"So bailing out the banks while punishing workers is not, in fact, a recipe for prosperity. But was there any alternative? Well, that’s why I’m in Iceland, attending a conference about the country that did something different.
If you’ve been reading accounts of the financial crisis, or watching film treatments like the excellent Inside Job, you know that Iceland was supposed to be the ultimate economic disaster story: its runaway bankers saddled the country with huge debts and seemed to leave the nation in a hopeless position.
But a funny thing happened on the way to economic Armageddon: Iceland’s very desperation made conventional behavior impossible, freeing the nation to break the rules. Where everyone else bailed out the bankers and made the public pay the price, Iceland let the banks go bust and actually expanded its social safety net. Where everyone else was fixated on trying to placate international investors, Iceland imposed temporary controls on the movement of capital to give itself room to maneuver.
So how’s it going? Iceland hasn’t avoided major economic damage or a significant drop in living standards. But it has managed to limit both the rise in unemployment and the suffering of the most vulnerable; the social safety net has survived intact, as has the basic decency of its society. “Things could have been a lot worse” may not be the most stirring of slogans, but when everyone expected utter disaster, it amounts to a policy triumph.
And there’s a lesson here for the rest of us: The suffering that so many of our citizens are facing is unnecessary. If this is a time of incredible pain and a much harsher society, that was a choice. It didn’t and doesn’t have to be this way.”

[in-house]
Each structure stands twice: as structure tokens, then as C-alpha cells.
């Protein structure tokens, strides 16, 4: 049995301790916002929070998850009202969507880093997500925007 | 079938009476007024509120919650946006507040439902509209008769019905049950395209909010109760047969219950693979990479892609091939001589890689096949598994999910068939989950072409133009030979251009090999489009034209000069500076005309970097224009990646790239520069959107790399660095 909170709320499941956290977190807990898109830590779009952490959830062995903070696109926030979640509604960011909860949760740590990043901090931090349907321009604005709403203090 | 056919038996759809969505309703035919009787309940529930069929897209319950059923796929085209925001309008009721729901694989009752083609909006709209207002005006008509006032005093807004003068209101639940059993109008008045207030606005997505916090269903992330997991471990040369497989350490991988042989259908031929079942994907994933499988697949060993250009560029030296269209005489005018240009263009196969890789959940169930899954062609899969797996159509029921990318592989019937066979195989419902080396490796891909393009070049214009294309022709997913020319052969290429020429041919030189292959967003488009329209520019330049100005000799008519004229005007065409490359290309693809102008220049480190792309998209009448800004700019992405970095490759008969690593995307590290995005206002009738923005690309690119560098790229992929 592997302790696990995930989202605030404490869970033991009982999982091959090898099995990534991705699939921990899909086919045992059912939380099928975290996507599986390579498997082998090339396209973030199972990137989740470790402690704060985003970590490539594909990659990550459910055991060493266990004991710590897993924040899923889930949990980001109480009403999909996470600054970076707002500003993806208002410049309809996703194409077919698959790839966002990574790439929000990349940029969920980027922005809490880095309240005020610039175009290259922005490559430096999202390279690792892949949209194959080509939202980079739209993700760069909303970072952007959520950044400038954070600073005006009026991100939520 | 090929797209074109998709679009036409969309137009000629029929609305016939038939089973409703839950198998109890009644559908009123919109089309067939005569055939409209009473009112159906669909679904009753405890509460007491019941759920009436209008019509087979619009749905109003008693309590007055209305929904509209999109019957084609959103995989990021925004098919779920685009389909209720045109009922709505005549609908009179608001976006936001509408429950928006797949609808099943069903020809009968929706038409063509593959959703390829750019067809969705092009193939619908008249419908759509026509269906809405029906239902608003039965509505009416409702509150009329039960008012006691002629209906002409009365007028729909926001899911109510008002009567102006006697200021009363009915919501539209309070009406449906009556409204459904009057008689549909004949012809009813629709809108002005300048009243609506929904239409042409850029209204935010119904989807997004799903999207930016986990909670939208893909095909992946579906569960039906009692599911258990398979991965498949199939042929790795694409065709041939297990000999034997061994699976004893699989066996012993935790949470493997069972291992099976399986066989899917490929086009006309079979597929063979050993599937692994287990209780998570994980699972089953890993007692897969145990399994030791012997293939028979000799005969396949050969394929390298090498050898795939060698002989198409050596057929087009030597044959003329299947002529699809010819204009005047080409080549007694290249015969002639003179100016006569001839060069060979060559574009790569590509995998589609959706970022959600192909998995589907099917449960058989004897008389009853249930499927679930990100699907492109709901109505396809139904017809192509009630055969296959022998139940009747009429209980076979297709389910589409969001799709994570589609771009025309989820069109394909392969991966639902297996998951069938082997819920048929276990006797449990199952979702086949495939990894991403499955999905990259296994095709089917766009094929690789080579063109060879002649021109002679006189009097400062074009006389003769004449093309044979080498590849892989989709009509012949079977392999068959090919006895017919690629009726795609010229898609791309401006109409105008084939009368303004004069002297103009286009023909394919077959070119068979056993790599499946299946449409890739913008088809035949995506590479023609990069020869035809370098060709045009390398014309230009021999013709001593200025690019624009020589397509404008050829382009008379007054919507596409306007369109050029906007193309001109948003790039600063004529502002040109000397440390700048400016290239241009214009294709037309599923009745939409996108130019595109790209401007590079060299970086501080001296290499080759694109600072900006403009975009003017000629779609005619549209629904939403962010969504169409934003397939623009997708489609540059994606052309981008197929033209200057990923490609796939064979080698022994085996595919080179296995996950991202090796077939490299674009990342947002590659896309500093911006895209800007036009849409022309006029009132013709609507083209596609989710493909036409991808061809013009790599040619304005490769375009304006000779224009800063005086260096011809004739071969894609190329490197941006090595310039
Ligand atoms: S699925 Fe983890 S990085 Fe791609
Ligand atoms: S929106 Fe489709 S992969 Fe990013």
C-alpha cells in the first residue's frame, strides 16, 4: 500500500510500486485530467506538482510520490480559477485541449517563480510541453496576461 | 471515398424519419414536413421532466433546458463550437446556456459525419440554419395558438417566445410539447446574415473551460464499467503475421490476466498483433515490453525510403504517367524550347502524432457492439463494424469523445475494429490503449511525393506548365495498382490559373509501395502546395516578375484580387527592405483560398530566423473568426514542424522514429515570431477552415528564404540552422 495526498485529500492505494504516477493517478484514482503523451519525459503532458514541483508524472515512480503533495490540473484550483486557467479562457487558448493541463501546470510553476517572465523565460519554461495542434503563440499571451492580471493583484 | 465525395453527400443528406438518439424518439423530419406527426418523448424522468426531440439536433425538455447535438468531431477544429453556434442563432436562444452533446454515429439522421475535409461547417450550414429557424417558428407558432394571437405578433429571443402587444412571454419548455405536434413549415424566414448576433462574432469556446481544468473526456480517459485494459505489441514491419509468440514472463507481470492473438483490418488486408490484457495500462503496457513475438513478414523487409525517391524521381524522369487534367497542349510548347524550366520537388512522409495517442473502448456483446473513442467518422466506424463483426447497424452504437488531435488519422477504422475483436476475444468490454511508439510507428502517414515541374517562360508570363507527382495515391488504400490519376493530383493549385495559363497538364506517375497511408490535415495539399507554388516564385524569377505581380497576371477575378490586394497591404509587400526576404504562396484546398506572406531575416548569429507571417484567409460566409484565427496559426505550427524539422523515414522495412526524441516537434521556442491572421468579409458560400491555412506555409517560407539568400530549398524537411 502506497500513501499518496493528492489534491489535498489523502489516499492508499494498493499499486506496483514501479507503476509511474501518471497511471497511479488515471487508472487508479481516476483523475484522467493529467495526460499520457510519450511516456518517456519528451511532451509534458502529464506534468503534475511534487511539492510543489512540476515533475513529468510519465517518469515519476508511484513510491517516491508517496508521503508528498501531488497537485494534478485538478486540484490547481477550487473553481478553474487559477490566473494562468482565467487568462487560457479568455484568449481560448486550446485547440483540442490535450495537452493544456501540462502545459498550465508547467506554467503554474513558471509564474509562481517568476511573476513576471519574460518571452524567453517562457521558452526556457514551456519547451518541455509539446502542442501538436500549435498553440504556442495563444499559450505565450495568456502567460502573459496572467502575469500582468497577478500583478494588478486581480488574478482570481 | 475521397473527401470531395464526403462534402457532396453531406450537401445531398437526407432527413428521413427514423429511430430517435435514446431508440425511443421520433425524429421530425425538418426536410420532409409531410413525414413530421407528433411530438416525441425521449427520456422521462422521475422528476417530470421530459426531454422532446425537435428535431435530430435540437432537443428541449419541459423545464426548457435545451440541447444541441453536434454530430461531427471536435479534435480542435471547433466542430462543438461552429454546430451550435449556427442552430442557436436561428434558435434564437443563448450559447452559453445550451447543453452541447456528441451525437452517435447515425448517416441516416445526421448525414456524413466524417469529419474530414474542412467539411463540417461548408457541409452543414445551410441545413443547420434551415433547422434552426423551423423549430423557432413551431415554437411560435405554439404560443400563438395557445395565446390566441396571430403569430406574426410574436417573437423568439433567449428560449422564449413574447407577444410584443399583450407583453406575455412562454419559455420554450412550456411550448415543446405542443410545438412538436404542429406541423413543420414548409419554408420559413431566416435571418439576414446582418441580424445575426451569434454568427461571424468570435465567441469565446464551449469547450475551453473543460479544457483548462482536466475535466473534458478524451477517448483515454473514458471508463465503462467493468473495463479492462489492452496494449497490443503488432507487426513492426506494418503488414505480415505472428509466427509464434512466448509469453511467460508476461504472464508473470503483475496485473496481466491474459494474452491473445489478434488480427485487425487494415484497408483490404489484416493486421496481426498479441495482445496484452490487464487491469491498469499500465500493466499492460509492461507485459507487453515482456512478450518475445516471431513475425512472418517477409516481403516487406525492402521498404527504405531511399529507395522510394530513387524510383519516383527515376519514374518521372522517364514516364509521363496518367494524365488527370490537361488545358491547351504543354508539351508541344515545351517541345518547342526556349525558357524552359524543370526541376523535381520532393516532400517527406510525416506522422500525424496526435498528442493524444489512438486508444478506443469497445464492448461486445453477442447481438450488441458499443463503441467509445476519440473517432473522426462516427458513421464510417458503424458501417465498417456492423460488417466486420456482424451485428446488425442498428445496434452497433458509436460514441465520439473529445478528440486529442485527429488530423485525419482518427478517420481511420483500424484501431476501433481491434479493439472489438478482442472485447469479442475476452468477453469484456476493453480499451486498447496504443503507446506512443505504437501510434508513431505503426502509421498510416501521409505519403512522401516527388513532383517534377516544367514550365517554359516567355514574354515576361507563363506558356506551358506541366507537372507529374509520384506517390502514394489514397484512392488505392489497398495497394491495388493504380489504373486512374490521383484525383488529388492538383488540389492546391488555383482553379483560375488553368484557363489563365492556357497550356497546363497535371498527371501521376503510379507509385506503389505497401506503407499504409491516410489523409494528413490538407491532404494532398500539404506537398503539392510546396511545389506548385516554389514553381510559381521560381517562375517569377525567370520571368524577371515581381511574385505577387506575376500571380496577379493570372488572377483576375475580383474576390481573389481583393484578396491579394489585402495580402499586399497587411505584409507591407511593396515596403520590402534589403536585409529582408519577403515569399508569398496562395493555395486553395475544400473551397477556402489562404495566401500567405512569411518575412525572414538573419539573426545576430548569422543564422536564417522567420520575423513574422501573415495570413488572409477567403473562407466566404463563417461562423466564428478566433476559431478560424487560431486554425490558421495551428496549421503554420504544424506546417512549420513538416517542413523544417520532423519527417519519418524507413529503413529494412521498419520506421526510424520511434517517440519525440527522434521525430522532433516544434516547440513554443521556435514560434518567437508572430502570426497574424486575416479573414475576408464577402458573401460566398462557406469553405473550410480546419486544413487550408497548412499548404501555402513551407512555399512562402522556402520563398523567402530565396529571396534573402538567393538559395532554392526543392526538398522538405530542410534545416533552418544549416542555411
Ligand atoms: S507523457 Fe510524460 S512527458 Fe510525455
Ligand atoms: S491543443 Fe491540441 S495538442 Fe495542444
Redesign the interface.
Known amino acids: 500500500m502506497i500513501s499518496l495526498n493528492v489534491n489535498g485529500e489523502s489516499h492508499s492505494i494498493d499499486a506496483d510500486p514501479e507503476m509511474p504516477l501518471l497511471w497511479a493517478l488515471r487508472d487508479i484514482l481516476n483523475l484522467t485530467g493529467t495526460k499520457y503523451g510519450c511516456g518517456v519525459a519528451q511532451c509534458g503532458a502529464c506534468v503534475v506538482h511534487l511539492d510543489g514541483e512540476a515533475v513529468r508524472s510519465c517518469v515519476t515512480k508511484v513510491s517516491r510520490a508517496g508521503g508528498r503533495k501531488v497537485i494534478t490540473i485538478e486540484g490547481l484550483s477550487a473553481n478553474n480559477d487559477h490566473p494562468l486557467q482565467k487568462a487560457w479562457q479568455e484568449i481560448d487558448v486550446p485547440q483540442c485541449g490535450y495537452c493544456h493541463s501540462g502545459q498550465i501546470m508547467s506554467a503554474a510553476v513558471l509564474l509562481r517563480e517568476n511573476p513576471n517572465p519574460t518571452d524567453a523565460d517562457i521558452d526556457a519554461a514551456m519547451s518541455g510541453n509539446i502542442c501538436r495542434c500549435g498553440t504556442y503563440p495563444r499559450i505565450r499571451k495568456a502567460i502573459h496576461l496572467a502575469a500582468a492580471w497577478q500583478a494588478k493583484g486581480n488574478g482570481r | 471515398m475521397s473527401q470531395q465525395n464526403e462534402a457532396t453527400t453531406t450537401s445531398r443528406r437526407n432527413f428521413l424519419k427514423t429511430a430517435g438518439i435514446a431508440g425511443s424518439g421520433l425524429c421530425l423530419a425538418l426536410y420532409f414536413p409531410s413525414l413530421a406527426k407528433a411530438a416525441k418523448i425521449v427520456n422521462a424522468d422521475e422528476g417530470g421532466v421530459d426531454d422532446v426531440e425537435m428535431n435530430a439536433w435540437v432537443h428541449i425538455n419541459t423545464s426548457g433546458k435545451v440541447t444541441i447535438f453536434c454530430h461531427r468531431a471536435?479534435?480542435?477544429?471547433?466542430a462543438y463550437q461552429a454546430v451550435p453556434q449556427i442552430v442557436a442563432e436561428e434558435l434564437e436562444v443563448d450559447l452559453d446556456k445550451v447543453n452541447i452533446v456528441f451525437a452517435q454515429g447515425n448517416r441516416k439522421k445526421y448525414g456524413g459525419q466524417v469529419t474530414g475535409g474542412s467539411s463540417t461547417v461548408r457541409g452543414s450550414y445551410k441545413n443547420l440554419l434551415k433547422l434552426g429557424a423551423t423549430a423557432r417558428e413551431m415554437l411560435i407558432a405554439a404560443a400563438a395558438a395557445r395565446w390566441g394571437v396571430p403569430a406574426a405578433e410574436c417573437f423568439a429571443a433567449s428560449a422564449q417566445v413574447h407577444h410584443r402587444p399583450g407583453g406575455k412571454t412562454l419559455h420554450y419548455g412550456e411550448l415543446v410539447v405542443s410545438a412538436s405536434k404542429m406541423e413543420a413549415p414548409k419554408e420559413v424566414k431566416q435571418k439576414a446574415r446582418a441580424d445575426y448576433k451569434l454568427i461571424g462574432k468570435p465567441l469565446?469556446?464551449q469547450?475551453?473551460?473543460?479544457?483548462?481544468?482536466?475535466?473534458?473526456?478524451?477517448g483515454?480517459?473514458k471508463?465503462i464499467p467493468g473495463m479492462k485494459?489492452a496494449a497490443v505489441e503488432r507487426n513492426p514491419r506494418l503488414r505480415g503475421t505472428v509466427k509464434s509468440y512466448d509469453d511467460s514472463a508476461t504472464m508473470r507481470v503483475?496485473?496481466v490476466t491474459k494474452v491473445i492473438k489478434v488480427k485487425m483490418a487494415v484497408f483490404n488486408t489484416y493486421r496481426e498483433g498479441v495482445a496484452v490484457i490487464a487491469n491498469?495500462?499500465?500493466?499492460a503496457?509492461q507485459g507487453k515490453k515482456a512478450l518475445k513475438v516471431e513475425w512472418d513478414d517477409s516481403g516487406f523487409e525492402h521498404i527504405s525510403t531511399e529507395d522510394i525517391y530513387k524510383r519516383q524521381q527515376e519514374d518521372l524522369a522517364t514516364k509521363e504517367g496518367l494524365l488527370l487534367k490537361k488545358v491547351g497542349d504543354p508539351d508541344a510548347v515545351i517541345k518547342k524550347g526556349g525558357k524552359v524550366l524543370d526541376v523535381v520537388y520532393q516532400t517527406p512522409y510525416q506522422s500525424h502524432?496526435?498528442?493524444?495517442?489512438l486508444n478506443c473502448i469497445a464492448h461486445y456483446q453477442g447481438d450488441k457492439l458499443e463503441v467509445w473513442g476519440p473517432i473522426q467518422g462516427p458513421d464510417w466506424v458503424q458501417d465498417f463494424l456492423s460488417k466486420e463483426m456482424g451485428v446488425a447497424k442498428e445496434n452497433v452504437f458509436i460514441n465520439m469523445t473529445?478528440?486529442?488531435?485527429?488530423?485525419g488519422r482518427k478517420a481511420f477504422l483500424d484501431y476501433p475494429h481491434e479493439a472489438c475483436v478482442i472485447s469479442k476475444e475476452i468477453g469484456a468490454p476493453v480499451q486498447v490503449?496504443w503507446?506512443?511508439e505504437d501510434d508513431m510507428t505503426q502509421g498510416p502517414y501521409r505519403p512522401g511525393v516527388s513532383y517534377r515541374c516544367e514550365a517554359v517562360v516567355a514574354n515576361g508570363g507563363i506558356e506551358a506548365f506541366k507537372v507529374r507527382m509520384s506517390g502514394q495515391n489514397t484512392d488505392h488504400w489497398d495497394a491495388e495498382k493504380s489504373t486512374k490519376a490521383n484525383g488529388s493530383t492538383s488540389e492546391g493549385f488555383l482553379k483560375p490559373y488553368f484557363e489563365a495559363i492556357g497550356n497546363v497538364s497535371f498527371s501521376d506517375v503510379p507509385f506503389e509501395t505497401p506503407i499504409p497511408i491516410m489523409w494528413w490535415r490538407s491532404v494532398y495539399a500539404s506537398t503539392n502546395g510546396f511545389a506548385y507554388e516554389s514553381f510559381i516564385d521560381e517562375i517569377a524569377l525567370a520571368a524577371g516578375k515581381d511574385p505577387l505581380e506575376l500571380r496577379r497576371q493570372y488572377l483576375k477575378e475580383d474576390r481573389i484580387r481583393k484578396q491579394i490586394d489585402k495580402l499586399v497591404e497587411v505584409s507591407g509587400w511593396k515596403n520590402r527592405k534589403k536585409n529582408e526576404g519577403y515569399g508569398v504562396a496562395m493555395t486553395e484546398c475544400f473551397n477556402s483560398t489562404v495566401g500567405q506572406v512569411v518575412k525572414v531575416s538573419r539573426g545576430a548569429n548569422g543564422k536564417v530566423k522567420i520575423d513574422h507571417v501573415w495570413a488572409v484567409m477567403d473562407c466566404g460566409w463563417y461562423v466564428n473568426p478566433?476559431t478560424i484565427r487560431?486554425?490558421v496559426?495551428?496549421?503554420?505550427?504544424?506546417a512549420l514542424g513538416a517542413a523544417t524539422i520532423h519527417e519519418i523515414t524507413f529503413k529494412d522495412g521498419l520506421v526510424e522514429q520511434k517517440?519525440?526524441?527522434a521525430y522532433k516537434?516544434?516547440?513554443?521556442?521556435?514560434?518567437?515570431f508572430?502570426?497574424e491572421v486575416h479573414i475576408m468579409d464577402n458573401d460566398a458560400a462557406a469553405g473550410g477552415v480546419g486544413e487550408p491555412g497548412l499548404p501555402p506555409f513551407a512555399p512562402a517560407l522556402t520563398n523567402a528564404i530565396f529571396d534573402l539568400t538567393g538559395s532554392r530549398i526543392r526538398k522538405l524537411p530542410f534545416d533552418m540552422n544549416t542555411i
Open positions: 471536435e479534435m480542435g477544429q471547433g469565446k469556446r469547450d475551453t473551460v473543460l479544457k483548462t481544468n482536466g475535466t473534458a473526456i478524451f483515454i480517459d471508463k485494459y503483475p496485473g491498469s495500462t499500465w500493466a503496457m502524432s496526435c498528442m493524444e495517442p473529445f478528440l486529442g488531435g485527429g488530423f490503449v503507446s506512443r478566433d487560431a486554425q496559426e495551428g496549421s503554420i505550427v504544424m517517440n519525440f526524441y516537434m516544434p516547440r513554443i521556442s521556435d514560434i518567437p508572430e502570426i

"[C]olleges and universities continue to raise tuition far faster than inflation and churn out ever more indebted graduates, two reports released by The College Board today show. With states struggling to balance their budgets, the sharpest tuition increases this year were at public colleges; at four year state schools in-state tuition and fees rose an average of 8.3% to $8,244, while total charges (including room and board) rose an average of 6% to $17,131. Private not-for-profit four year college tuition and fees rose an average of 4.5% to $28,500, while total charges, including room and board, went up an average of 4.4% to $38,589. This year’s increases mean that over the last decade, tuition at public four year colleges, after accounting for inflation, has risen an average of 5.6% a year while family incomes have stagnated. Private four year college tuition has gone up an average of 2.6% a year, above inflation, over the decade.”
The first of Obama’s executive changes could be a help to as many as 1.6 million current students who take out new loans in 2012 and 2013—if, that is, they later earn too little to pay back those loans in full.
The second change will be of some help to potentially 5.8 million of the 36 million Americans who now have outstanding federally guaranteed student loans—but it won’t be available to those who are already delinquent or in default on loans and it won’t help borrowers with any private student loans they took out.
Beginning on Jan. 1, 2012, provided they’re not delinquent or in default on their loans, borrowers with both FFEL and Direct Loans will be able to consolidate them all through the Federal Direct Consolidation Loan program. Borrowers can save “up to” 0.5% on their interest rate. […]
[But] even that 0.5% break is not all it’s cracked up to be. The government is cutting a special 0.25% rate break on FFEL loans brought in for consolidation. The other 0.25% savings, Kantrowitz said, would apparently be realized if borrowers take advantage of an existing provision that allows for a 0.25% discount when consolidators have monthly payments automatically debited from their checking accounts.